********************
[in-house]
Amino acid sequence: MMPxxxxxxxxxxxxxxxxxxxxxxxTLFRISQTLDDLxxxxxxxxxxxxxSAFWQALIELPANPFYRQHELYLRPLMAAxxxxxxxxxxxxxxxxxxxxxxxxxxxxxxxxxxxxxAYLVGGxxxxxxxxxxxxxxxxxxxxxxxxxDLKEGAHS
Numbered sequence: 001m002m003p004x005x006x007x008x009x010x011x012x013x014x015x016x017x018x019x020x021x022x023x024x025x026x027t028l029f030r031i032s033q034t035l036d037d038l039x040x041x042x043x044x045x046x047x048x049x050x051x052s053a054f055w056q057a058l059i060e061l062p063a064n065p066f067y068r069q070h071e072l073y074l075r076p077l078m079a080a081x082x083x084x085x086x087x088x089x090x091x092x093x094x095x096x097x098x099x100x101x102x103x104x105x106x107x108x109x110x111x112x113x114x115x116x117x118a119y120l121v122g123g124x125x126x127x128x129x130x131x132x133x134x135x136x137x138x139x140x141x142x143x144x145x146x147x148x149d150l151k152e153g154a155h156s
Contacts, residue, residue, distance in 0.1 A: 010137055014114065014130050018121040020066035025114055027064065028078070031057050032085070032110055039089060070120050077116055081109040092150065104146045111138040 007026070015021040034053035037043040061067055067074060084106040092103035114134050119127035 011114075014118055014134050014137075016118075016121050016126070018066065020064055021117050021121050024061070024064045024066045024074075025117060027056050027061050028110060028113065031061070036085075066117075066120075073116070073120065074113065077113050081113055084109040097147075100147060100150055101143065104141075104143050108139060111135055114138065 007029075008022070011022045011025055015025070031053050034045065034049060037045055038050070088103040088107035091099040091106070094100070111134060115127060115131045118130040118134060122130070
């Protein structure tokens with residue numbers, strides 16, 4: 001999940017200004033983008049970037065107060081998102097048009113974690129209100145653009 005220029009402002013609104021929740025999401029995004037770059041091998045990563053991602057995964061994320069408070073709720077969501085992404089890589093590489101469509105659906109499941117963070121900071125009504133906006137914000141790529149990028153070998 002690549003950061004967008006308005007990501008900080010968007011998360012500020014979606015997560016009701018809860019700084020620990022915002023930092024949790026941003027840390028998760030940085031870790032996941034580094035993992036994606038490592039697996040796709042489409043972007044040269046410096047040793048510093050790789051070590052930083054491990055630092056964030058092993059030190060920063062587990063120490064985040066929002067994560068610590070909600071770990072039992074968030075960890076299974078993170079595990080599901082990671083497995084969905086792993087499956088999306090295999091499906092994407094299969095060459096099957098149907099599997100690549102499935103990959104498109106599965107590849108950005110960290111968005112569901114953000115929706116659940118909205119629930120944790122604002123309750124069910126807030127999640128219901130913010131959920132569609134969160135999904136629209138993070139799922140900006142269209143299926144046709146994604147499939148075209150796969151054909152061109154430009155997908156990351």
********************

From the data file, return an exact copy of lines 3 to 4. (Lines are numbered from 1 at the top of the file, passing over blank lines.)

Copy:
Numbered sequence: 001m002m003p004x005x006x007x008x009x010x011x012x013x014x015x016x017x018x019x020x021x022x023x024x025x026x027t028l029f030r031i032s033q034t035l036d037d038l039x040x041x042x043x044x045x046x047x048x049x050x051x052s053a054f055w056q057a058l059i060e061l062p063a064n065p066f067y068r069q070h071e072l073y074l075r076p077l078m079a080a081x082x083x084x085x086x087x088x089x090x091x092x093x094x095x096x097x098x099x100x101x102x103x104x105x106x107x108x109x110x111x112x113x114x115x116x117x118a119y120l121v122g123g124x125x126x127x128x129x130x131x132x133x134x135x136x137x138x139x140x141x142x143x144x145x146x147x148x149d150l151k152e153g154a155h156s
Contacts, residue, residue, distance in 0.1 A: 010137055014114065014130050018121040020066035025114055027064065028078070031057050032085070032110055039089060070120050077116055081109040092150065104146045111138040 007026070015021040034053035037043040061067055067074060084106040092103035114134050119127035 011114075014118055014134050014137075016118075016121050016126070018066065020064055021117050021121050024061070024064045024066045024074075025117060027056050027061050028110060028113065031061070036085075066117075066120075073116070073120065074113065077113050081113055084109040097147075100147060100150055101143065104141075104143050108139060111135055114138065 007029075008022070011022045011025055015025070031053050034045065034049060037045055038050070088103040088107035091099040091106070094100070111134060115127060115131045118130040118134060122130070